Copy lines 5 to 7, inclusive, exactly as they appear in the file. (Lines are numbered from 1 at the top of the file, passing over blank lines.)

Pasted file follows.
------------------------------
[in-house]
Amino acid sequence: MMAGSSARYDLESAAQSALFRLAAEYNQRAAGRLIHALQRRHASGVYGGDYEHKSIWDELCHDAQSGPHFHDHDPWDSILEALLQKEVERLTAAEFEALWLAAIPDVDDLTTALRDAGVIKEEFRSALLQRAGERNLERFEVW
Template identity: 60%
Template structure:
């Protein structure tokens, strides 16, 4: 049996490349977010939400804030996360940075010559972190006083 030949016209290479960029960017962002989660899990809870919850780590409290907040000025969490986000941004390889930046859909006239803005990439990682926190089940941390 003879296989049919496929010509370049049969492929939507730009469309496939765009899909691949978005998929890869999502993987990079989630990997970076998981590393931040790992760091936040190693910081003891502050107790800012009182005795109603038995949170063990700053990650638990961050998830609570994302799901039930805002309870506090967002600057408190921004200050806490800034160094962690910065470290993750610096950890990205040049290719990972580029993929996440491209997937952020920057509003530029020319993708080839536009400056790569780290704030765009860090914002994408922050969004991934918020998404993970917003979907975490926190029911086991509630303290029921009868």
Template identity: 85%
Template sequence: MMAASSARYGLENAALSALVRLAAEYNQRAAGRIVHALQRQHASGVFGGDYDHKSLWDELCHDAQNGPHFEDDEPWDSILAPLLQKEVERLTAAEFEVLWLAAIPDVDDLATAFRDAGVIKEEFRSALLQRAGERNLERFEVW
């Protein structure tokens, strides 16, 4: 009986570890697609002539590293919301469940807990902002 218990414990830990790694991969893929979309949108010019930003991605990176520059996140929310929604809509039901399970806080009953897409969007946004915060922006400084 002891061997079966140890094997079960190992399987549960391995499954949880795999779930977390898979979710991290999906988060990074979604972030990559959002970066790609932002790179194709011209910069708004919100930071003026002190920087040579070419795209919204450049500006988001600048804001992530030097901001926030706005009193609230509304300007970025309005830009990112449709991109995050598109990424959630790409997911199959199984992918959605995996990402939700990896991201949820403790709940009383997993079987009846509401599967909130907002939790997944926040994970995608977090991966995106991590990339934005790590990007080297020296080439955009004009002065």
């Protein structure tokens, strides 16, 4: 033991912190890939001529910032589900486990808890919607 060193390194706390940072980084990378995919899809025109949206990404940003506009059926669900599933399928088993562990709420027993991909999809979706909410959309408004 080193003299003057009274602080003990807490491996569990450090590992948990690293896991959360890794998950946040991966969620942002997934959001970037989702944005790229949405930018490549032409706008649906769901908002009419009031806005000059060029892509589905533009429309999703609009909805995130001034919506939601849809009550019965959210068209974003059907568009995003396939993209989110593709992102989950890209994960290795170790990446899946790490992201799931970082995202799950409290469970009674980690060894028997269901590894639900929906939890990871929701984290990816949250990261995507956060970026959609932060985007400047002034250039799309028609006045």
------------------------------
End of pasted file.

């Protein structure tokens, strides 16, 4: 049996490349977010939400804030996360940075010559972190006083 030949016209290479960029960017962002989660899990809870919850780590409290907040000025969490986000941004390889930046859909006239803005990439990682926190089940941390 003879296989049919496929010509370049049969492929939507730009469309496939765009899909691949978005998929890869999502993987990079989630990997970076998981590393931040790992760091936040190693910081003891502050107790800012009182005795109603038995949170063990700053990650638990961050998830609570994302799901039930805002309870506090967002600057408190921004200050806490800034160094962690910065470290993750610096950890990205040049290719990972580029993929996440491209997937952020920057509003530029020319993708080839536009400056790569780290704030765009860090914002994408922050969004991934918020998404993970917003979907975490926190029911086991509630303290029921009868």
Template identity: 85%
Template sequence: MMAASSARYGLENAALSALVRLAAEYNQRAAGRIVHALQRQHASGVFGGDYDHKSLWDELCHDAQNGPHFEDDEPWDSILAPLLQKEVERLTAAEFEVLWLAAIPDVDDLATAFRDAGVIKEEFRSALLQRAGERNLERFEVW